In this debut collection of poems, Forever & a Day, the poet wishes for time to slip away through an open window. It happens for him. Although they are set to the engrained pacing of the calendar, the poems move forward at a standstill, so tight is the poet's vision and lyrical focus: an ex-girlfriend's pregnant younger sister. If it sounds taboo enough for rock 'n' roll, it is. But the confessional pleas are made with equivocation, awkward charm, and judgment tempered by heartfelt compassion. Reading Matt St. Amand's first collection of poetry is like cataloguing the music he grew up listening to on Detroit radio stations. You can hear the warm analog of crackling vinyl. It's punctuated with the brutal brief lash of "Pang"; tight and confined refrains that hit like a well-timed drum fill or the atmospheric squawk of strings during a chord change (see "Poem for the Girl I don't have the guts to talk to"); visceral evocations of places and their people: "The villagers are restless, like agitated mice./Painting their doorways with blood." The setting is largely nocturnal, at once dream-like and hyperreal. A neighborhood with gambling clowns, propless magicians, politicians and their daredevil drinking companions; where strongmen and wordsmiths play chess, and pipers and illuminati feed the birds…. And the poet whispers verses through timeless midnight windows accessible only by high tree branches. Forever & a Day is a concept album that actually works because it was never recorded. —Bob Stewart, author of Set and Setting
In the spring of 1995, I learned the younger sister of an ex-girlfriend became pregnant at the age of seventeen. For the next nine years I wrote Forever & a Day, a volume of poetry more inspired by Lou Reed, Bono, and Pete Townsend than Shakespeare or Shelley.
Have you ever heard the classic recording of Sam Cooke live at the Harlem Club in Miami in 1963? Side Two begins with the music of the previous song still rolling along ("Somebody Have Mercy"), and Sam Cooke says, "I think it's time I told you about my baby..." And he takes the audience through five minutes of spontaneous combustion, talking about how he and his baby "fuss and fight, and sometimes my baby leaves home 'cause things ain't right..." culminating in an incendiary rendition of "You Send Me." The audience responds, applauding, crying out, and when the moment has reached its emotional apex, Sam Cooke explodes into a heart-shattering version of "Bring It On Home To Me." That's Forever & a Day.
A chance meeting at a café one afternoon, I ran into an old girlfriend a few months after our years-long relationship ended. There was awkward talk of new jobs, new friends. As I moved to say goodbye, there was one more piece of news:
"I'm going to be an aunt," she said.
I looked at her.
She shrugged, smiled sadly. "Deirdre's pregnant. Two months, now."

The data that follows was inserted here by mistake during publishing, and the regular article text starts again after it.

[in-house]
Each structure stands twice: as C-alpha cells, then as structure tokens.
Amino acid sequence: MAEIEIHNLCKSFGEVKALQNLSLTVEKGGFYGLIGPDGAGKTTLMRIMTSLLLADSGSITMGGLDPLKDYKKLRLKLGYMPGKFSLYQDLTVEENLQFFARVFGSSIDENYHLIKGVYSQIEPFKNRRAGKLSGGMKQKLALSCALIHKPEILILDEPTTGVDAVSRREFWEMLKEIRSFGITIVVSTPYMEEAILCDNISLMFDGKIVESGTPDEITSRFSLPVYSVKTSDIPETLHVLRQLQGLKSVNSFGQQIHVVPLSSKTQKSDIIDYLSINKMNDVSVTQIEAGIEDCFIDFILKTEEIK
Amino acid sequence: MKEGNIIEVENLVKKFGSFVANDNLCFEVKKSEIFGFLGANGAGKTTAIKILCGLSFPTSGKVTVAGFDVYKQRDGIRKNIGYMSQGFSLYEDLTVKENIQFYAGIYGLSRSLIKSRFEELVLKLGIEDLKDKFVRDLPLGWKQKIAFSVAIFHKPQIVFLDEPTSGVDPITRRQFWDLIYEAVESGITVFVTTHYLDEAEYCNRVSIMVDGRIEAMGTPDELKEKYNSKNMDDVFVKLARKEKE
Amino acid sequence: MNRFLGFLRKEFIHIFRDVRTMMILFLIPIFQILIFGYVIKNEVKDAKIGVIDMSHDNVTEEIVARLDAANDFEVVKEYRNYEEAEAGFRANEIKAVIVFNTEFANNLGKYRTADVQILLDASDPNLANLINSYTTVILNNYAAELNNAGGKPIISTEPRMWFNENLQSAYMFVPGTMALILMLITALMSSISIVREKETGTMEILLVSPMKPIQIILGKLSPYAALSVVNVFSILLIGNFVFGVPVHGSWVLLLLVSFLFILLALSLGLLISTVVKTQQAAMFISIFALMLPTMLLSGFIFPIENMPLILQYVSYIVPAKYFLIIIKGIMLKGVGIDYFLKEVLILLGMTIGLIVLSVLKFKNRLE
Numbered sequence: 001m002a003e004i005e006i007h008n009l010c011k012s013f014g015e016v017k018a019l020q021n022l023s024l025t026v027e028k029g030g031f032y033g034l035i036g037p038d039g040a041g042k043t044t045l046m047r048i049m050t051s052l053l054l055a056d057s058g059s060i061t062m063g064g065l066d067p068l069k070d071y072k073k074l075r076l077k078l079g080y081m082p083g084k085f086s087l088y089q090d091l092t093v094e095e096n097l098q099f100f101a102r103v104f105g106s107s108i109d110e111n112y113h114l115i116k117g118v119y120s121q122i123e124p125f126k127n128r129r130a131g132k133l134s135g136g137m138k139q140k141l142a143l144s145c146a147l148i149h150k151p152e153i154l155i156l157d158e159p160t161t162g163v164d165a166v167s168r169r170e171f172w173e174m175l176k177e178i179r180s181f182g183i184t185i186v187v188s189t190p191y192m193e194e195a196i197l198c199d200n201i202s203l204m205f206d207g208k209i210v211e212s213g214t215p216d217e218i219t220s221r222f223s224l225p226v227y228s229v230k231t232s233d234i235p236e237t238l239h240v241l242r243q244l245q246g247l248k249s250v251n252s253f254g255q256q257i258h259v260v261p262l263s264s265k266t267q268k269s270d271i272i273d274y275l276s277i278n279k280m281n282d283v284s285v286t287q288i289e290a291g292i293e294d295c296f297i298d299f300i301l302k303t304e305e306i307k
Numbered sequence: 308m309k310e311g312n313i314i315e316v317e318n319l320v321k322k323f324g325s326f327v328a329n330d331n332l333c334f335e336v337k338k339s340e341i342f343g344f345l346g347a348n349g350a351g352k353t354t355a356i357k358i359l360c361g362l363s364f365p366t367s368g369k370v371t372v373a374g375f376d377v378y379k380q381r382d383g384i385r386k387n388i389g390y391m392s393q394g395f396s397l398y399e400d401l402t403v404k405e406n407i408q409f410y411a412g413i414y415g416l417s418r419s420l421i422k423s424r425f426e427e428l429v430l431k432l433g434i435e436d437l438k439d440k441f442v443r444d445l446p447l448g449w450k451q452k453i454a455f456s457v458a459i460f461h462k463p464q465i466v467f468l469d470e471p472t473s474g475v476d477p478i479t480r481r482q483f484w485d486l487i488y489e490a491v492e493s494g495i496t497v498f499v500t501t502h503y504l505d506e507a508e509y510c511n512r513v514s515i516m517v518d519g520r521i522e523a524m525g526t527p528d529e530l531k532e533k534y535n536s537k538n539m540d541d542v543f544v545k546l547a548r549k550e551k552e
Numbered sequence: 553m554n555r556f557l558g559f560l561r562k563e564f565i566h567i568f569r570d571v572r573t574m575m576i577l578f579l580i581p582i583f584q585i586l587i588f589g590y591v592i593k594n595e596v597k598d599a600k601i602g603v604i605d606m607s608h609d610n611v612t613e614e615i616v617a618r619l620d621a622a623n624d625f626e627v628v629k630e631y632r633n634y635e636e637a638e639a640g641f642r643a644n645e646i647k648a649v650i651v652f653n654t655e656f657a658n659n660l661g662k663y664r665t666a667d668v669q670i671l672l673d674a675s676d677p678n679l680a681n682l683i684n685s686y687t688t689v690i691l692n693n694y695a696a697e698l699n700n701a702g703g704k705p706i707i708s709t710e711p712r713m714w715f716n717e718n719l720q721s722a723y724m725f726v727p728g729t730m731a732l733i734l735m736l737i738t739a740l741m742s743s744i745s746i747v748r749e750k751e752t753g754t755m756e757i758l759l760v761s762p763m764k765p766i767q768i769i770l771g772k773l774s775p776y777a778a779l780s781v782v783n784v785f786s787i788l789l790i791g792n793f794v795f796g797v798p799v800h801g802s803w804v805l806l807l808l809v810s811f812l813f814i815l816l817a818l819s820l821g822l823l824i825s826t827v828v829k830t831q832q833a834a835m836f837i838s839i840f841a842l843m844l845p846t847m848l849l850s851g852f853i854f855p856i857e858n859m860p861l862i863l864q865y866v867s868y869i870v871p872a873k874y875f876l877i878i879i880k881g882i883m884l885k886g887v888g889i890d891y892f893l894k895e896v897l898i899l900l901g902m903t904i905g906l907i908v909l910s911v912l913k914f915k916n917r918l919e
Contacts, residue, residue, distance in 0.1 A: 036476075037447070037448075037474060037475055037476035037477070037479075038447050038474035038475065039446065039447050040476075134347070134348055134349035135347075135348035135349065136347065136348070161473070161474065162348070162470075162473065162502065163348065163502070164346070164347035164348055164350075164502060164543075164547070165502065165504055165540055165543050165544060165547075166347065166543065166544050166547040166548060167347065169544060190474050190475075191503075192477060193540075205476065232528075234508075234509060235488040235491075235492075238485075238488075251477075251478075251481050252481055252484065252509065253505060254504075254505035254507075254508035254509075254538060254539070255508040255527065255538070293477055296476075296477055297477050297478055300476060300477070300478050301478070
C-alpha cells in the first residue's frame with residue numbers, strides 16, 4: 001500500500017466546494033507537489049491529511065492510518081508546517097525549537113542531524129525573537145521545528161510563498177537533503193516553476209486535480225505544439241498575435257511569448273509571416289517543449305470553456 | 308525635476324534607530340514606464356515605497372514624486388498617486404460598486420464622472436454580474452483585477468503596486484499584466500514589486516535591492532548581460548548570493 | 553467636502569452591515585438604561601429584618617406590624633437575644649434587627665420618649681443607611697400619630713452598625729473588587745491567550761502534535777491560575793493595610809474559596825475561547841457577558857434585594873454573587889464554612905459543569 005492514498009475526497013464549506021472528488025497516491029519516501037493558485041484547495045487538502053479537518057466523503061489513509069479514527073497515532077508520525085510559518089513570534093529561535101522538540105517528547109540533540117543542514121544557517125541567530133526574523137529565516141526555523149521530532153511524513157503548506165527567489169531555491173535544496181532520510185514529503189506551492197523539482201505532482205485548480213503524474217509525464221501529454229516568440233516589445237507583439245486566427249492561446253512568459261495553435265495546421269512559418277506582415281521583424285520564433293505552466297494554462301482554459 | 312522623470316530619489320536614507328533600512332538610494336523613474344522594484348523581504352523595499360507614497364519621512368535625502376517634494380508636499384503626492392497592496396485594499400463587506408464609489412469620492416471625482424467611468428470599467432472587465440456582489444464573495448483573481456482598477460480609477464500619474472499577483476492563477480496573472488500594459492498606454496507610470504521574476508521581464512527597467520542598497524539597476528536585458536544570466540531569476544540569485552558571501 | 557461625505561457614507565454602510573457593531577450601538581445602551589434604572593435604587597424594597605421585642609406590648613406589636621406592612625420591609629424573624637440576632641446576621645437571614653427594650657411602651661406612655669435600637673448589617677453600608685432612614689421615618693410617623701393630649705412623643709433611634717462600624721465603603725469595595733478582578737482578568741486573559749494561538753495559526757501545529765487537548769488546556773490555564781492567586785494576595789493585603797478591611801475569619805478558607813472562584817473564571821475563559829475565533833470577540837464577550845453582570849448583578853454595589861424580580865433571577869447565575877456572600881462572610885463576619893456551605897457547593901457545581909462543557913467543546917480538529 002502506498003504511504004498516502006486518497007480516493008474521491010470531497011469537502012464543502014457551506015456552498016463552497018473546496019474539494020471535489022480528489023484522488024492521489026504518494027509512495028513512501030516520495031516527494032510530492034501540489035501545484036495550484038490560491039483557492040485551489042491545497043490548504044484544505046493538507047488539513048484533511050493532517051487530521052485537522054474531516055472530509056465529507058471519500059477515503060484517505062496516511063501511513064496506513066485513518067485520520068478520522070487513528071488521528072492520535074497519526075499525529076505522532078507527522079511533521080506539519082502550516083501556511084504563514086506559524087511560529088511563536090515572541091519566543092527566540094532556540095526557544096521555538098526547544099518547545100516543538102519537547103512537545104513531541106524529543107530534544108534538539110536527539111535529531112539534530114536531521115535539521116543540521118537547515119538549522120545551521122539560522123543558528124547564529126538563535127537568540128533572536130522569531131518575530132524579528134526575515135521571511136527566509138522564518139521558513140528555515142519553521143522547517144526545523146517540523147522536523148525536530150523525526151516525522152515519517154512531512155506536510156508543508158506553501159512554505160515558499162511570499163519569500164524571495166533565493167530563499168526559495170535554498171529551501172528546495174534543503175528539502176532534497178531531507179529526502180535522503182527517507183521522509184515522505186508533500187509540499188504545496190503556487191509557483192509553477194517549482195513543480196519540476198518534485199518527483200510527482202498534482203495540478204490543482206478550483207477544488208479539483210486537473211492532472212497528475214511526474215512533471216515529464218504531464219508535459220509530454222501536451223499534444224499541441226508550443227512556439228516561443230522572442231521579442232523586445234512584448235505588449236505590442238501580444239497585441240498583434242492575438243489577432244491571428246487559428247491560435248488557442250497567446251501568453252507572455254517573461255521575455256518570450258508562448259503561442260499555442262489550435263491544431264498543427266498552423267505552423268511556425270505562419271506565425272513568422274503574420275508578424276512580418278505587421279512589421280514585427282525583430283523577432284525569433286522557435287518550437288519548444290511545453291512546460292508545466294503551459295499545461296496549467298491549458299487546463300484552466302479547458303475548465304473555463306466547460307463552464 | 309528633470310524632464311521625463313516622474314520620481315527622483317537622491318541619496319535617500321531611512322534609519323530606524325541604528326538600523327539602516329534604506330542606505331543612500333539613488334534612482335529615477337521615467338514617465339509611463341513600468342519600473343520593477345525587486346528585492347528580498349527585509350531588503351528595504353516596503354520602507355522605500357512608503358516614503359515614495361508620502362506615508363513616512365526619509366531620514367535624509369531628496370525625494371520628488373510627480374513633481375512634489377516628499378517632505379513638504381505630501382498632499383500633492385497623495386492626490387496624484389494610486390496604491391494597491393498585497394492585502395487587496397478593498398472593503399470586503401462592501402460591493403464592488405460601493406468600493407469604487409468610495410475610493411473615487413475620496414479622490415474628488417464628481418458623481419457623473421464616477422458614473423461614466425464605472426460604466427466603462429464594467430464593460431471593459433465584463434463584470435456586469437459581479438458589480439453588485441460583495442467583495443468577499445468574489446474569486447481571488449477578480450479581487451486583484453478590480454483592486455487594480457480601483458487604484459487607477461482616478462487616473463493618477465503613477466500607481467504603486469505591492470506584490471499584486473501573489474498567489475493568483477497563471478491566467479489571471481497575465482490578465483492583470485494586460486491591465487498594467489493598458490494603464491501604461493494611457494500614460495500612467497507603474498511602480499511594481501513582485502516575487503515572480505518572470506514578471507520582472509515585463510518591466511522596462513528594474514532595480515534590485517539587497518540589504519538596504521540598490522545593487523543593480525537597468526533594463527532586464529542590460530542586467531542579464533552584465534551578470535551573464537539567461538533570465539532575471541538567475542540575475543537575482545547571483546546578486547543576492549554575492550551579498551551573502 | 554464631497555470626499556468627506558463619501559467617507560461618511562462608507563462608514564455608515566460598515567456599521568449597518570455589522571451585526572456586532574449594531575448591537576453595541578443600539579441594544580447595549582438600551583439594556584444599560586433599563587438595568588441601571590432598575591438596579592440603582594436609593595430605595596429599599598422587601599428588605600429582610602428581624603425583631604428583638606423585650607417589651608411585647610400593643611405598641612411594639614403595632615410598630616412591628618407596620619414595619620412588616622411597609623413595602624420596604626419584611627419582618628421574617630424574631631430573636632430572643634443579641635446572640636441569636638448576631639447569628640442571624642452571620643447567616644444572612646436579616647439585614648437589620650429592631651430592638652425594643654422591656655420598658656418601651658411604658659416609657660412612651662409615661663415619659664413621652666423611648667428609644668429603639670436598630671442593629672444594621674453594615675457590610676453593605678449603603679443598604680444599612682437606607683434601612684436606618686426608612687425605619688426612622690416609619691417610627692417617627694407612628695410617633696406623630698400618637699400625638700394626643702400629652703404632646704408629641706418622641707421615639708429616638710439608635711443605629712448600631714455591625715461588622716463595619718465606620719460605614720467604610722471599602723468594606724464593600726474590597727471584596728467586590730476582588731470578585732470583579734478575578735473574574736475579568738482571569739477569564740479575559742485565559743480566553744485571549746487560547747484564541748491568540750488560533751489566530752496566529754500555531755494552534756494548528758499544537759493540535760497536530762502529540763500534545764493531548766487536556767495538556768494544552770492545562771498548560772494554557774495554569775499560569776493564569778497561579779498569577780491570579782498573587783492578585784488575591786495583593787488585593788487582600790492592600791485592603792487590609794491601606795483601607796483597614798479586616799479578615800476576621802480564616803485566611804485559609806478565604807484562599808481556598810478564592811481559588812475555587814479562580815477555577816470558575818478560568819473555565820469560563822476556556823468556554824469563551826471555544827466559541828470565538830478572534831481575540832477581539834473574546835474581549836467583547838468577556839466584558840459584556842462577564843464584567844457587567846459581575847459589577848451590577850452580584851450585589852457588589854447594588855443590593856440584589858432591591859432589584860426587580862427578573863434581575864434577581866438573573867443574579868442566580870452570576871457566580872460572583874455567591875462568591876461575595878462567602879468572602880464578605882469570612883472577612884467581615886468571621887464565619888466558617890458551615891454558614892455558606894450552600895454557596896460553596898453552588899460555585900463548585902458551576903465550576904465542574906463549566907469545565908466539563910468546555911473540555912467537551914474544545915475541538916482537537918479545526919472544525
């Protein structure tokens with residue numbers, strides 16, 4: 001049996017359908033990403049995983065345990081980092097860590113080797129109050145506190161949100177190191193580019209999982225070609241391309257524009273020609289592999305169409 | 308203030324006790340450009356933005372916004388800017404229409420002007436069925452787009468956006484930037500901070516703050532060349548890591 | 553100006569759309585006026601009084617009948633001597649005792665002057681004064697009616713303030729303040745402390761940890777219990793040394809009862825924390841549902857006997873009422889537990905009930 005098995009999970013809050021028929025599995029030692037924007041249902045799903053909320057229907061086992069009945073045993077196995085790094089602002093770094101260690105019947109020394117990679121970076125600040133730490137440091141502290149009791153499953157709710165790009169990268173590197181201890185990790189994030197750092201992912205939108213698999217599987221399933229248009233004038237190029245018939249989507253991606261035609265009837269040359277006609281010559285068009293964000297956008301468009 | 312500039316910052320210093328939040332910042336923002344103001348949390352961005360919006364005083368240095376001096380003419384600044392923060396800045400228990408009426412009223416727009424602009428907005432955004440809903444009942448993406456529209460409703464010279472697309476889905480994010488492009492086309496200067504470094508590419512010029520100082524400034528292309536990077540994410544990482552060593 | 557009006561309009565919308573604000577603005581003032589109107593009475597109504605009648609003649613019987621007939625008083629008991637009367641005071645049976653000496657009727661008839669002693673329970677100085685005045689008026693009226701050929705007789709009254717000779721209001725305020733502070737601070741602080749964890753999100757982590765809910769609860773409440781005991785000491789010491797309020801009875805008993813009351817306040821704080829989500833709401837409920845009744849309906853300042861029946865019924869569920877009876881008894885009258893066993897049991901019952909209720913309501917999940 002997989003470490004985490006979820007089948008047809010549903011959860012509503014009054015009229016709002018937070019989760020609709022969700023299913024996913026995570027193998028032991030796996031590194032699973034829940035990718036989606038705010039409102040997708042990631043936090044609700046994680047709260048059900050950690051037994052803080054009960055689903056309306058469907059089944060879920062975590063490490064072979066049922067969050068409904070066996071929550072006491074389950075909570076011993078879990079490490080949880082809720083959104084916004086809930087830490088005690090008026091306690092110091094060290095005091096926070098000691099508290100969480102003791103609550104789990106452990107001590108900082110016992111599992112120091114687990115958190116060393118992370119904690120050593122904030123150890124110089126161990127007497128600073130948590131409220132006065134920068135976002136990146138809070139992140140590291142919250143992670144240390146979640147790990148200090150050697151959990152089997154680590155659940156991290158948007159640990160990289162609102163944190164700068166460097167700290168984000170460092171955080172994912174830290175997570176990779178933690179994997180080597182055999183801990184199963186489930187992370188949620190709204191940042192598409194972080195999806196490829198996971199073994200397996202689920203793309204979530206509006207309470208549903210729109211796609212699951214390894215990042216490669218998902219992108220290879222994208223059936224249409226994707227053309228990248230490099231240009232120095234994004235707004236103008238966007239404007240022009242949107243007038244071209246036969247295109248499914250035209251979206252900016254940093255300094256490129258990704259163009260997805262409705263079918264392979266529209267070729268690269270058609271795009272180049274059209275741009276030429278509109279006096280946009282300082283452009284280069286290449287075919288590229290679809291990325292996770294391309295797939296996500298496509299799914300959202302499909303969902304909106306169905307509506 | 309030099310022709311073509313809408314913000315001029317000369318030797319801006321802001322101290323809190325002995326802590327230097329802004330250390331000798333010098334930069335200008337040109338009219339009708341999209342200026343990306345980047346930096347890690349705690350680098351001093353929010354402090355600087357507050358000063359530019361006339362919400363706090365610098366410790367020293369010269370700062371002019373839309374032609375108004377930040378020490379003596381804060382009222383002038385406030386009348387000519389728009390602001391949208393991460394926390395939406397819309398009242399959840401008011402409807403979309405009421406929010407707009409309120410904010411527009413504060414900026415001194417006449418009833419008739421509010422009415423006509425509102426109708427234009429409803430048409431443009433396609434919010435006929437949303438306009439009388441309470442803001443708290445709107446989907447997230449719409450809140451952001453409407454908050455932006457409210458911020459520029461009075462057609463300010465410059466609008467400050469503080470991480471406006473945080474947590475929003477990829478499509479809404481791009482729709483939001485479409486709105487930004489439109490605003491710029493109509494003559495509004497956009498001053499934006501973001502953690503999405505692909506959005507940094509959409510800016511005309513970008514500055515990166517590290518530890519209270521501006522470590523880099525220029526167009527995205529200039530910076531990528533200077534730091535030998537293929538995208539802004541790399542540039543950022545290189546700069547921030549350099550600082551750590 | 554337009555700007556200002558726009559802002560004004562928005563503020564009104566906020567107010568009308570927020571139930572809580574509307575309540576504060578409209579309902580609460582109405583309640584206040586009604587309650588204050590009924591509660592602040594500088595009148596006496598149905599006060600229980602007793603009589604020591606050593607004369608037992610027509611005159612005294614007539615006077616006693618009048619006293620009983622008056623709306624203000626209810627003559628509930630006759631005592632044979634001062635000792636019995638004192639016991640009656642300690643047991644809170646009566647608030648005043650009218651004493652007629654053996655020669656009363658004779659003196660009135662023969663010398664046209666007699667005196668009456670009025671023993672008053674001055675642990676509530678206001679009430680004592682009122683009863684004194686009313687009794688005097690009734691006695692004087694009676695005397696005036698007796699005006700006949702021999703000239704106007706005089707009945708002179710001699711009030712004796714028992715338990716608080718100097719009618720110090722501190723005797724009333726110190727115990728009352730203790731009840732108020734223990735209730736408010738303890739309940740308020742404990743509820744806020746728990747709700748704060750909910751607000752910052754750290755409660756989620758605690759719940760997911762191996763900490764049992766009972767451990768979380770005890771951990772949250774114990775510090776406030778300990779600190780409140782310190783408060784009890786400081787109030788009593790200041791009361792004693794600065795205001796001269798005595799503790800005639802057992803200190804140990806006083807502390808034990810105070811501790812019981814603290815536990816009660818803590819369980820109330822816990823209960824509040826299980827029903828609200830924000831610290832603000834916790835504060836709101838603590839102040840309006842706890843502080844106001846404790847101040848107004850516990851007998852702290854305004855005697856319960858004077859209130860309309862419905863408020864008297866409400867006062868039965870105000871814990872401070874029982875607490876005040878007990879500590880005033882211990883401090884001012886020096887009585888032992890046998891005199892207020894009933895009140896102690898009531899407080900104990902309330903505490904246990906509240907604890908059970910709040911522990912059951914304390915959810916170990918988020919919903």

The news echoed in my ears, quivered through my bones. I mouthed the words, Deirdre's pregnant. Deirdre was seventeen years old.
There seemed nothing more to say except goodbye and good luck.
As I stepped into the sunlight, stunned and blinking, a murmur of longing and regret whispered through me. It continued unabated as I walked toward home, past my street, to the waterfront. All the while that voice welled until it surged through me like a cry…
I cannot let this passing of affection happen without a word.
My thoughts on you have lain like a buried, burning river, and must now flow into the light—yet away from you, where you might never know. These words move through me as the needle of Nature wends through you, forming torso and head, arms and legs. What could I say to you, anyhow? My words can weave no hedge of protection or gather back any of that unfurling within you. Words are air, and my helplessness prickles against my conscience when I consider how much of a mystery you are to me even after these six years.
And what of you? Timid and alone, letting not a familiar face pass without your eyes growing wide with nervous wonder, Do they know?
There may be shame where there should be none, carrying your child like a naked secret, a window on the heart opening wider and wider until finally the day will come when that secret writhes in your arms, shaking its tiny fists, screaming with its pinched, purple face.
Your news has come like a knifethrust. What should be a glad occasion was met with my mind's mournful muttering, Ah, shit. I ought to be happy for you, full of congratulations, yet I'm not. And I turn to these words that have lain buried for six years, words that wend through me, and from their chaos your eyes appear, your candleflame hair, and your smile that is sweet and seldom as the harvest moon.
You are an enigma, mirror image of the girl I once loved. I care for you in ways that are strange and haunting to me; manic and passive and constant. Vacanteyed and luscious, you are a worry and a wonder through the steely moments of the day, softwinged visitor in through the bargebellowing night. But when it comes down to the heart of your situation I feel frustrated knowing how far short of any real goals you have fallen.
So, now you are with child and something in me is wrenched out of place; my feelings are battered under the avalanche of your news. I ask myself, Why? What I think and feel matters nothing to your situation. Would you even pause to chat with me on the sidewalk if we met?
I cannot let this passing of affection happen quietly.
We have never kissed, never held each other, never slept together. I have been neither brother, lover, father, friend or confidante to you. We have spoken, shared awkward smiles, even ridden alone in my car that once, and all has served to deepen the mystery of you. And as I watch this day fade into evening, I shake my head and know one thing for certain: The mark of your moonsweet beauty and your quiet staring watchfulness will be upon me forever, little sister, and I will tend your memory with love.